Controlling Type II Diabetes

Type II, or adult onset diabetes is the most common form of sugar diabetes. Diabetics can effectively control blood sugar levels through various methods.

Type II, or adult onset diabetes can be controlled effectively through diet, exercise, medications, and insulin. Depending on the severity of your diabetes, medicatons and diet can keep blood sugar levels under control. However, many people require insulin either through injections or through an insulin pump. There is no cure for diabetes, but it is a disease that a person can live with if they follow the regimen their doctor has prescribed.

Following a prescribed diet is essential to keeping blood sugar levels under control. A diabetic needs to check their blood sugar on a daily basis. This is done with a device that pricks the finger. A drop of blood is then placed on a special strip and inserted into an apparatus which gives a blood sugar reading. When blood sugar levels are low, there are warning signs to watch for. A person may experience shakiness, sweating, weakness, lighheadedness, hunger, paleness, confusion, or a headache. Any of these symptoms can be a sign of low blood sugar. It is important to recognize these symptoms and take appropiate measures to bring up blood sugar levels. A diabetic needs to carry either hard candies containing sugar, special glucose tablets, juice, or other beverages containinng sugar. If blood sugar levels become too low, the diabetic can lose consciousness and possibly die. Meals need to be eaten at regular intervals to keep blood sugar levels in the normal range.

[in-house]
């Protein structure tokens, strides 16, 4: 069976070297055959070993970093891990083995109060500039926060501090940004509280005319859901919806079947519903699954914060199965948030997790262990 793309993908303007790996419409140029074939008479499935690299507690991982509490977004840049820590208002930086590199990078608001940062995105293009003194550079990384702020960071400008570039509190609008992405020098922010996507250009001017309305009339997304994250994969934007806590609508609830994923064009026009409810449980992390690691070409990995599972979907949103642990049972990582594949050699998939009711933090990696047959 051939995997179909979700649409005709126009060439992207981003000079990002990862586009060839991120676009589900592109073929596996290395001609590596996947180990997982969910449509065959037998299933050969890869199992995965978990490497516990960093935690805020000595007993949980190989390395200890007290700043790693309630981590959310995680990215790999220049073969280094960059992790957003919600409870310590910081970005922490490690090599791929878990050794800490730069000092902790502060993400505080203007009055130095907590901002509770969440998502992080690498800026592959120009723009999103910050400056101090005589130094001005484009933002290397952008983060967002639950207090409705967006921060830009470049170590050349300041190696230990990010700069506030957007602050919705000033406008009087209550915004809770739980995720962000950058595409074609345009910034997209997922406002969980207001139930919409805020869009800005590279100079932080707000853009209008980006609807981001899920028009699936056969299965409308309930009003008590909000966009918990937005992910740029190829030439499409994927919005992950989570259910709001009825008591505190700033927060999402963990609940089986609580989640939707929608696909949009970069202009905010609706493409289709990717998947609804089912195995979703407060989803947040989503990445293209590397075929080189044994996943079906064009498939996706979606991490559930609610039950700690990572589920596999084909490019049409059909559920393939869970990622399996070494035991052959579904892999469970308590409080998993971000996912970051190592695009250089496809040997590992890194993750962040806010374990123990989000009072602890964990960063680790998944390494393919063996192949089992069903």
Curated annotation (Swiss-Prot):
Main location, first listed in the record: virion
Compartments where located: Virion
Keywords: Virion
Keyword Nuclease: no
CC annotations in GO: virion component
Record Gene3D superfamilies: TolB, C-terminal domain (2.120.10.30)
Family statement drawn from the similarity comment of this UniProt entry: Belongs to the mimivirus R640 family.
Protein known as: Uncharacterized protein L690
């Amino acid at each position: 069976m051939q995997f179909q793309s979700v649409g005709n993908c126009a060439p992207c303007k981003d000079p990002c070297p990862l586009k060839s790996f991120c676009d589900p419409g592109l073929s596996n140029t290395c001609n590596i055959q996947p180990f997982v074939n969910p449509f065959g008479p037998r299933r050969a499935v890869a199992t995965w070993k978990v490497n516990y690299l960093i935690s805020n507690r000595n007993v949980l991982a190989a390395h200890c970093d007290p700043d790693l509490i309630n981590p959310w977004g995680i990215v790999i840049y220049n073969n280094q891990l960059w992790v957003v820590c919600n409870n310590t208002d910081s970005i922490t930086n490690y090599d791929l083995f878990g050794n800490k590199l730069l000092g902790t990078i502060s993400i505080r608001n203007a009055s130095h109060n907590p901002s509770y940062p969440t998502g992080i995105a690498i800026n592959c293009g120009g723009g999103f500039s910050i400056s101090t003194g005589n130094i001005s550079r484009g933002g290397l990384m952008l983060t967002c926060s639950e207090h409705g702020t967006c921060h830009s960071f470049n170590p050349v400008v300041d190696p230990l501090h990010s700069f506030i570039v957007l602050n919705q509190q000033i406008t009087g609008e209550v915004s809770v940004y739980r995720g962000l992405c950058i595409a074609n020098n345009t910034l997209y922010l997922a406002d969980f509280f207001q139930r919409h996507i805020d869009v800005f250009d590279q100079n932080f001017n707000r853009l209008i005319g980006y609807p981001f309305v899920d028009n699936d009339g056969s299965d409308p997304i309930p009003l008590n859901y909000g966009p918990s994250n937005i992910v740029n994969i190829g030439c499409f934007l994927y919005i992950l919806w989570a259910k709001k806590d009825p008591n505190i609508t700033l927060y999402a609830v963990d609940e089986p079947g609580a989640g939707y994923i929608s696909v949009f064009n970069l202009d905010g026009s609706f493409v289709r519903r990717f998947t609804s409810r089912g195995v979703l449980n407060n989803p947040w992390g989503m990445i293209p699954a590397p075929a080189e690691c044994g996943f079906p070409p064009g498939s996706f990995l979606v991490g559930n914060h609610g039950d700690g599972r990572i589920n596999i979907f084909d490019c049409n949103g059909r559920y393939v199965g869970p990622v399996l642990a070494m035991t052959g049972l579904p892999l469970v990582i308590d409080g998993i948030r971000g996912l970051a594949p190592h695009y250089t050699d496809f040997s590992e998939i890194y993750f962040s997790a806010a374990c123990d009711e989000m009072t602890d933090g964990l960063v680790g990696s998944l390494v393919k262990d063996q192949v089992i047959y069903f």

High blood sugar levels can be dangerous as well. Exercise can help keep blood sugar levels in the normal range. Talk to your physician about what types of exercise are appropriate for you. Since diabetics can have serious problems with their feet, wearing comfortable, well-fitting shoes with plenty of support is a must. While exercising, be aware of how you are feeling, and always carry supplements in case you experience low blood sugar. It is also imperative to wear an identification bracelet or necklace indicating you are a diabetic. If you are sick and unable to respond, this type of identification can save your life.

Your doctor will prescribe a special diet that you should follow as closely as possible. Having a good quality scale for weighing food portions is important. Take the time to measure your food. It is not always easy to guess food amounts. Also, take the time to read labels. Foods you would least expect to contain sugar often do. Fructose, sucrose, glucose, and corn syrup are just a few of the many forms of sugar you need to be aware of.

If you require daily insulin injections, you may want to talk to your doctor about an insulin pump. Some diabetics requiring more than one insulin injection per day, and who have trouble controlling their blood sugar levels have had success using an insulin pump. Talk to your physician, and find out what is best for your individual condition.

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